The work, as its title indicates, relates to the promotion of learning and not to the quality of the learning. It is generally stated, though not on unreasonable grounds, that India was devoid of Muhammadan scholarship of the type found in the centres of Muslim learning outside India, and that the Muhammadan literati of India lagged far behind the scholars of such places as Baghdad, Dimashq, Cairo, Cordova, Makkah, Shiraz, Samarqand, etc.

This is not, however, a sufficient reason why we should cast into perpetual oblivion the earnest and praiseworthy efforts that were made by the Muhammadan emperors, chiefs and private indi- viduals of India to promote learning and diffuse education among the people of this country. Such efforts should be appreciated apart from the results achieved, and the credit due to them should in no way be diminished by the meagreness of those results. The present work is a history of such efforts and an attempt to show in a connected narrative that the long roll of Muslim rulers, emperors and invaders from Mahmud downwards were not altogether inattentive to the literary interests of the people, and that private individuals also were not quite inactive in this direction.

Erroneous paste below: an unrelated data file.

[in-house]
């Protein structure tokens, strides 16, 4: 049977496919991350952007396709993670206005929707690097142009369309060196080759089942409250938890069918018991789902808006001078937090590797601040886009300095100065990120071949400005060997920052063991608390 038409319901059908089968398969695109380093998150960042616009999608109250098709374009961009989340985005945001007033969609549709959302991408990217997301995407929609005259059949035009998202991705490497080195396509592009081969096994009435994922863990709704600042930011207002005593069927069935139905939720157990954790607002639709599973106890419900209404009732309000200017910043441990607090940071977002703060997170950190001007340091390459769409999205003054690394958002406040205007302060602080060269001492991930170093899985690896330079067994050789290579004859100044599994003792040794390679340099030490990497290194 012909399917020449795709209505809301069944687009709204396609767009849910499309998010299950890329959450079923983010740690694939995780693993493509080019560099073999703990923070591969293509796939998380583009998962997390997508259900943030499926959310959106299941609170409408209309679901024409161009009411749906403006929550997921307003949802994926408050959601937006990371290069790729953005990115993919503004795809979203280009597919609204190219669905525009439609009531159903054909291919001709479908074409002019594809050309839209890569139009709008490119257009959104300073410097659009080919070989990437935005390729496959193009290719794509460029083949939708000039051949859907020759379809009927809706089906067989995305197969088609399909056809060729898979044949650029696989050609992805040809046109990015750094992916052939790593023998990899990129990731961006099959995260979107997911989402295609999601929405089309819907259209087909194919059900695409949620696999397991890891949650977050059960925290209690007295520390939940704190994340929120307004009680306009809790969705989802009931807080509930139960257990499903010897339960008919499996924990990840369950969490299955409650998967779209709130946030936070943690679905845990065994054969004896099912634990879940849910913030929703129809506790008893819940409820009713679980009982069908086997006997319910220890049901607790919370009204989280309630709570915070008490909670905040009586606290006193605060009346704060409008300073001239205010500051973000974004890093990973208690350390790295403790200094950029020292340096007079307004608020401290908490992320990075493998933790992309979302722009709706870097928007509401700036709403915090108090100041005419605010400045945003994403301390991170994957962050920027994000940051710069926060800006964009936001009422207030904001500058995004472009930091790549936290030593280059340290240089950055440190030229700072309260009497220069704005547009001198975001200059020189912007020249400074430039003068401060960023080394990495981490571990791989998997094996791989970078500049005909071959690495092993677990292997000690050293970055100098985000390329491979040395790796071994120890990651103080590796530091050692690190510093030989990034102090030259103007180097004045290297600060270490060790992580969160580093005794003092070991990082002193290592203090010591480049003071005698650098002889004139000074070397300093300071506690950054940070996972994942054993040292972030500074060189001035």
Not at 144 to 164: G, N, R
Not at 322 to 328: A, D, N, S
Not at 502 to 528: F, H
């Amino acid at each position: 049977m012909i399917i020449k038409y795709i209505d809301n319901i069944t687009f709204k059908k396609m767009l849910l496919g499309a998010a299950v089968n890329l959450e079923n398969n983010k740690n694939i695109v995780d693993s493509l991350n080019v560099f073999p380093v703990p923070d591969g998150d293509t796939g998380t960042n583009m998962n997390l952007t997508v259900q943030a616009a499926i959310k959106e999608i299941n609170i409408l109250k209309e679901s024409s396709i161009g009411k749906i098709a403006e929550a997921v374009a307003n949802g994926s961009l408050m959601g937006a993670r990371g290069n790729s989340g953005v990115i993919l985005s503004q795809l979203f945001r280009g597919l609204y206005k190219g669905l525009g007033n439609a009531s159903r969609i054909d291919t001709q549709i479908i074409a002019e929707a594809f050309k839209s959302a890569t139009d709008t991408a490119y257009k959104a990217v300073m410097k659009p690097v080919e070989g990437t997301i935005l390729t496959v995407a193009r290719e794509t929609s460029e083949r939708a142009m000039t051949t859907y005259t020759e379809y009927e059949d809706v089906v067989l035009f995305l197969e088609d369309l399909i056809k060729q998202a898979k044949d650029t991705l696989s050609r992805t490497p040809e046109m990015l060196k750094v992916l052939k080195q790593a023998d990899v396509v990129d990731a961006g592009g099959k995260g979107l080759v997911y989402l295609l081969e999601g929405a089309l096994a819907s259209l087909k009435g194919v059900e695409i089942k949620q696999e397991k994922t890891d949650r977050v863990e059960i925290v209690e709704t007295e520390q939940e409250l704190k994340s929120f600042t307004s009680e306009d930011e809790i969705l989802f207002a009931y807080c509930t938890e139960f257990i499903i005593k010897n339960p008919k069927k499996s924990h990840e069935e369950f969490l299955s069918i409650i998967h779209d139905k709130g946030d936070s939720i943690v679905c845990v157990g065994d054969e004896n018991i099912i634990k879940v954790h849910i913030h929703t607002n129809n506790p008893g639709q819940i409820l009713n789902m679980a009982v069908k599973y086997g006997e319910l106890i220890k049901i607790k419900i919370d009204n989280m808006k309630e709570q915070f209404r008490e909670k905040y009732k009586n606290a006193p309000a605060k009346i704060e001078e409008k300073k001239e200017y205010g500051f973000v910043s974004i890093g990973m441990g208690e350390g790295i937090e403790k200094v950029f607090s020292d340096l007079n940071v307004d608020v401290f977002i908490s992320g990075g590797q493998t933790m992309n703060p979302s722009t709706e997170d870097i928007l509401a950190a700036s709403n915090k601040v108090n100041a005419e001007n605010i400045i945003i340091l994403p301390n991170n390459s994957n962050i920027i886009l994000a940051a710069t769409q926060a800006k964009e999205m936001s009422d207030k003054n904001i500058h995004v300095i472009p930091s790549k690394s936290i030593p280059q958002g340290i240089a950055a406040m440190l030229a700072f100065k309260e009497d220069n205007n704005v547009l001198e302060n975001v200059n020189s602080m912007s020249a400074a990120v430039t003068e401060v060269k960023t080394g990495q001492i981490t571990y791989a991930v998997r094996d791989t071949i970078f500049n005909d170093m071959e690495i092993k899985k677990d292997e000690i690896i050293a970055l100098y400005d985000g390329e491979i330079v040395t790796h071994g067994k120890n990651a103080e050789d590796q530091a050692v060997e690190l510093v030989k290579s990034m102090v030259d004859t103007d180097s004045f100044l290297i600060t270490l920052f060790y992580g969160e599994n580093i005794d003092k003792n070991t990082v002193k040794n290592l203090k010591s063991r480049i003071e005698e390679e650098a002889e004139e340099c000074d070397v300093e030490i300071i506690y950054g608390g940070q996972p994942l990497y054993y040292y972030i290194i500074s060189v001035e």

As to the value that can be attached to the materials used in this work, it should be remarked that the Muhammadan historical works should not be wholly relied upon. They mix up facts with fiction in such a manner that it is often difficult to distinguish the one from the other. Under: the circumstances, a question may arise as to how far they can be regarded as trustworthy. No doubt, the question is not without its difficulties. I have followed the principle that where the same fact has been stated by different writers following different authorities, that fact may be relied upon, especially if the authors happen to be contemporaneous with the facts recorded. Sometimes, it may transpire that a fact connected with the subject is mentioned in a work which is considered as an authority in its field; in that case, if there be nothing improbable or unreasonable about it and if it be uncontradicted by any other evidence, we may safely accept and use it. To reject the uncorroborated testimony of a contemporaneous writer or the statements of a writer generally accepted as an authority, if there be nothing unreasonable or improbable. about them, would be wantonly rejecting historical materials and carrying scepticism too far. Many of the authorities cited and followed in this volume were respected by their contemporaries, and have been used as authorities by various writers on historical subjects.

Foreword